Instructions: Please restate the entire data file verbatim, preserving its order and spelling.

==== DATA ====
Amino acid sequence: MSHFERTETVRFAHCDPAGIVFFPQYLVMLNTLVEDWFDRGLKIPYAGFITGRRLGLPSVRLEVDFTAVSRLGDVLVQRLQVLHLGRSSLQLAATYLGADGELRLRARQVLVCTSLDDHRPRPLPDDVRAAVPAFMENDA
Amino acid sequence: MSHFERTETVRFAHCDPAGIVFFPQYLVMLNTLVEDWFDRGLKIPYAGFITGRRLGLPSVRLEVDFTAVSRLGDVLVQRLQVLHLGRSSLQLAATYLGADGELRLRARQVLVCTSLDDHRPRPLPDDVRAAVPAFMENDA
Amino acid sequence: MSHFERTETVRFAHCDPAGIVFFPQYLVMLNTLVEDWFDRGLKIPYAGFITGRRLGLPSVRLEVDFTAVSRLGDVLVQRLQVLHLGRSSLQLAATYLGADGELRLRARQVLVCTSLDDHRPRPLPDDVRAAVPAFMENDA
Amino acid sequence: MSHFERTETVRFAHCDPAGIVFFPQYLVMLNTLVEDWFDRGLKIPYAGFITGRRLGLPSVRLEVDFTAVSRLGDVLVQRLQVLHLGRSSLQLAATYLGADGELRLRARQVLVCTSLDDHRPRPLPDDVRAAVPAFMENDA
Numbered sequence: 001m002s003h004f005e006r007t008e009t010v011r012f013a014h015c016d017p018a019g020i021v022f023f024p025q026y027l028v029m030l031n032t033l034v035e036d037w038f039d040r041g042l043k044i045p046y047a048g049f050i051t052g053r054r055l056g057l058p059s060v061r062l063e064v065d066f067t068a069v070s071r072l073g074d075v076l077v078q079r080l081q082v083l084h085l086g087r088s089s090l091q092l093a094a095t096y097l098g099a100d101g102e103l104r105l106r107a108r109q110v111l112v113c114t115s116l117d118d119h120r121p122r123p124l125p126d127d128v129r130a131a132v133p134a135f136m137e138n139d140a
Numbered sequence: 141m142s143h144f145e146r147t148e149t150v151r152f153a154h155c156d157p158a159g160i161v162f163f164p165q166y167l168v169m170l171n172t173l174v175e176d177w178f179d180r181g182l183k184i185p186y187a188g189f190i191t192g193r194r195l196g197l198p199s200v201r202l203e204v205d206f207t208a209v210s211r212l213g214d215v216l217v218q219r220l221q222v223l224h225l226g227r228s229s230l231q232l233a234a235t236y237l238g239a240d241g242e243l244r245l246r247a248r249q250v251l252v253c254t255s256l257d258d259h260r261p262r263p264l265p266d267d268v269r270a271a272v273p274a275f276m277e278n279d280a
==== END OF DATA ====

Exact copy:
Amino acid sequence: MSHFERTETVRFAHCDPAGIVFFPQYLVMLNTLVEDWFDRGLKIPYAGFITGRRLGLPSVRLEVDFTAVSRLGDVLVQRLQVLHLGRSSLQLAATYLGADGELRLRARQVLVCTSLDDHRPRPLPDDVRAAVPAFMENDA
Amino acid sequence: MSHFERTETVRFAHCDPAGIVFFPQYLVMLNTLVEDWFDRGLKIPYAGFITGRRLGLPSVRLEVDFTAVSRLGDVLVQRLQVLHLGRSSLQLAATYLGADGELRLRARQVLVCTSLDDHRPRPLPDDVRAAVPAFMENDA
Amino acid sequence: MSHFERTETVRFAHCDPAGIVFFPQYLVMLNTLVEDWFDRGLKIPYAGFITGRRLGLPSVRLEVDFTAVSRLGDVLVQRLQVLHLGRSSLQLAATYLGADGELRLRARQVLVCTSLDDHRPRPLPDDVRAAVPAFMENDA
Amino acid sequence: MSHFERTETVRFAHCDPAGIVFFPQYLVMLNTLVEDWFDRGLKIPYAGFITGRRLGLPSVRLEVDFTAVSRLGDVLVQRLQVLHLGRSSLQLAATYLGADGELRLRARQVLVCTSLDDHRPRPLPDDVRAAVPAFMENDA
Numbered sequence: 001m002s003h004f005e006r007t008e009t010v011r012f013a014h015c016d017p018a019g020i021v022f023f024p025q026y027l028v029m030l031n032t033l034v035e036d037w038f039d040r041g042l043k044i045p046y047a048g049f050i051t052g053r054r055l056g057l058p059s060v061r062l063e064v065d066f067t068a069v070s071r072l073g074d075v076l077v078q079r080l081q082v083l084h085l086g087r088s089s090l091q092l093a094a095t096y097l098g099a100d101g102e103l104r105l106r107a108r109q110v111l112v113c114t115s116l117d118d119h120r121p122r123p124l125p126d127d128v129r130a131a132v133p134a135f136m137e138n139d140a
Numbered sequence: 141m142s143h144f145e146r147t148e149t150v151r152f153a154h155c156d157p158a159g160i161v162f163f164p165q166y167l168v169m170l171n172t173l174v175e176d177w178f179d180r181g182l183k184i185p186y187a188g189f190i191t192g193r194r195l196g197l198p199s200v201r202l203e204v205d206f207t208a209v210s211r212l213g214d215v216l217v218q219r220l221q222v223l224h225l226g227r228s229s230l231q232l233a234a235t236y237l238g239a240d241g242e243l244r245l246r247a248r249q250v251l252v253c254t255s256l257d258d259h260r261p262r263p264l265p266d267d268v269r270a271a272v273p274a275f276m277e278n279d280a